How long have you been volunteering with HawkWatch International?
6 years (I think)
How did you get started volunteering with HWI?
A good friend invited me to tag along on a Short-eared Owl Survey in 2016, and I've been hooked ever since! In addition to the Short-eared Owl Survey, I've been involved with monitoring American Kestrel nest boxes, surveying urban areas for raptors, as a docent bringing Raptor Ambassadors to various events and schools, and helping to care for the Ambassadors weekly.
What is your “spark bird?”
I've never met anyone else with this spark bird, but mine is the Western Meadowlark. As a youngster, I would try my hardest to imitate their call, but later realized they are at an advantage with their complex syringeal muscles flexing to produce the sound. My simple voice box and whistling between lips just can't compare. To compensate, I have set the ring tone on my cell phone to their call. Anytime I get a call, even from a telemarketer, I'm reminded of a meadowlark. I have a wonderful memory of walking through a field of sagebrush during a light rain shower, within minutes of the rain stopping and the sun coming out from behind a cloud, dozens of meadowlarks jumped to the top of bushes and sang. It was quite the experience to be completely surrounded by their choir.
What do you do outside of volunteering for HWI?
I'm a chemical engineering manager by day and have a passion for nature and wildlife outside of work. I spend as much free time as I can find observing the natural world around us. I also volunteer on the community science team at the Natural History Museum of Utah. A couple of years ago, the museum designed an exhibit titled Nature All Around Us that is now traveling to other museums across the US. My daughter and I were featured in a couple of the videos on observing nature and, in particular, tracking the spread of fox squirrels that were introduced to the Salt Lake area several years ago. I also teamed up with a group of other passionate individuals to form the Eagle Mountain Nature and Wildlife Alliance. I am the president-elect and sit on the board of directors of that organization. We work with the city council, staff, land owners, and developers in Eagle Mountain, Utah, to preserve native habitats for wildlife and future generations to enjoy in a sustainable way.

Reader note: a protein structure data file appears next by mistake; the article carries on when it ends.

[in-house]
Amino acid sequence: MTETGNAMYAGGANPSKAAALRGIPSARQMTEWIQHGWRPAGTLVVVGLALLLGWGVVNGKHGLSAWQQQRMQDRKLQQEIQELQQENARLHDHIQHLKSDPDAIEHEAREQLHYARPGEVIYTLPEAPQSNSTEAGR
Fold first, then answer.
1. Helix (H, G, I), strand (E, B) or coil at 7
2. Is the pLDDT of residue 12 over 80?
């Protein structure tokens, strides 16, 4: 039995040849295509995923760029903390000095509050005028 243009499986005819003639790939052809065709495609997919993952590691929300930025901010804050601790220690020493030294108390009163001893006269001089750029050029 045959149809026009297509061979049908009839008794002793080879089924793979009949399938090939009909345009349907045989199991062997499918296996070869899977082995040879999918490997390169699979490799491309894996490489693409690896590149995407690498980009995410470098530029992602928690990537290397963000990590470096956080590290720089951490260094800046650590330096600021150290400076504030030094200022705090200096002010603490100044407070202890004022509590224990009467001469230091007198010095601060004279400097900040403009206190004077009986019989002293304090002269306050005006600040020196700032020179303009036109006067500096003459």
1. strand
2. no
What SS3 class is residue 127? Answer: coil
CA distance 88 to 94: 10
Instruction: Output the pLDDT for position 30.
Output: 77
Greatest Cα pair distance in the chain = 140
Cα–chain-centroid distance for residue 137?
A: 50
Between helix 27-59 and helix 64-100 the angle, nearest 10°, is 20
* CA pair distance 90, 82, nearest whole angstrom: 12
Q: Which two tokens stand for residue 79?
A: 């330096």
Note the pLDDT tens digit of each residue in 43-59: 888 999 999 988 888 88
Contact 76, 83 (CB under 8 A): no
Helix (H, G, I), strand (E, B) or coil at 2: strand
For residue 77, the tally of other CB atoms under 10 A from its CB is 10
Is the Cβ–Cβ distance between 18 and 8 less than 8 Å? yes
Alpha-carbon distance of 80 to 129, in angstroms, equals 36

What is your favorite moment from volunteering?
My favorite funny moment was while working with Goose at an elementary school. Goose relieved herself, narrowly missing one student's jacket. The student looked horrified, thinking the sleeve was soiled, but that horror was quickly dissipated at the teacher's quick-thinking response, "Cool! You have the best story of anyone to tell your family!" The student's hesitant excitement was then replaced with disappointment when he realized Goose's aim wasn't up to par and the mess was only on the floor.
My favorite inspirational moment was while conducting a raptor survey in an agricultural area on the edge of a new neighborhood with active housing construction. We found a Burrowing Owl near its burrow and, while watching it from a distance, noticed a Golden Eagle on a fence post about 100 yards away. Less than a mile from "civilization," we found two somewhat uncommon raptors adapting and thriving.
Why should people care about conserving raptors?
I vividly remember laying on my back on a large boulder in the Uinta Mountains of Utah one summer about 30 years ago and watching the clouds moving across the sky. As I was drinking in the cool air and listening to the chirping of a chipmunk in a nearby lodgepole pine, I saw a hawk circling up high. I watched it for several minutes and tried to imagine the sensations it was feeling with the updraft allowing a nearly effortless glide and the view it had of the lake and surrounding mountains. Although I didn't see it dive for prey that day, I thought of what sensations it would experience diving through the air with its wings held in a tight aerodynamic fashion and then stretching them out wide to stop the dive right as it grabbed its prey. Imagining myself in the wings of that hawk made me care about that bird and started my journey of observation and conservation.
Raptors are easily visible compared to smaller mammals and reptiles, making great barometers for the rest of the ecosystem. By watching and monitoring populations of raptors, one can deduce other data about the environment. Simply put, conserving raptors means preserving nature for future generations to continue to enjoy.
This blog was written by Sammy Riccio, HWI's Donor Engagement Coordinator.
You can learn more about Sammy here.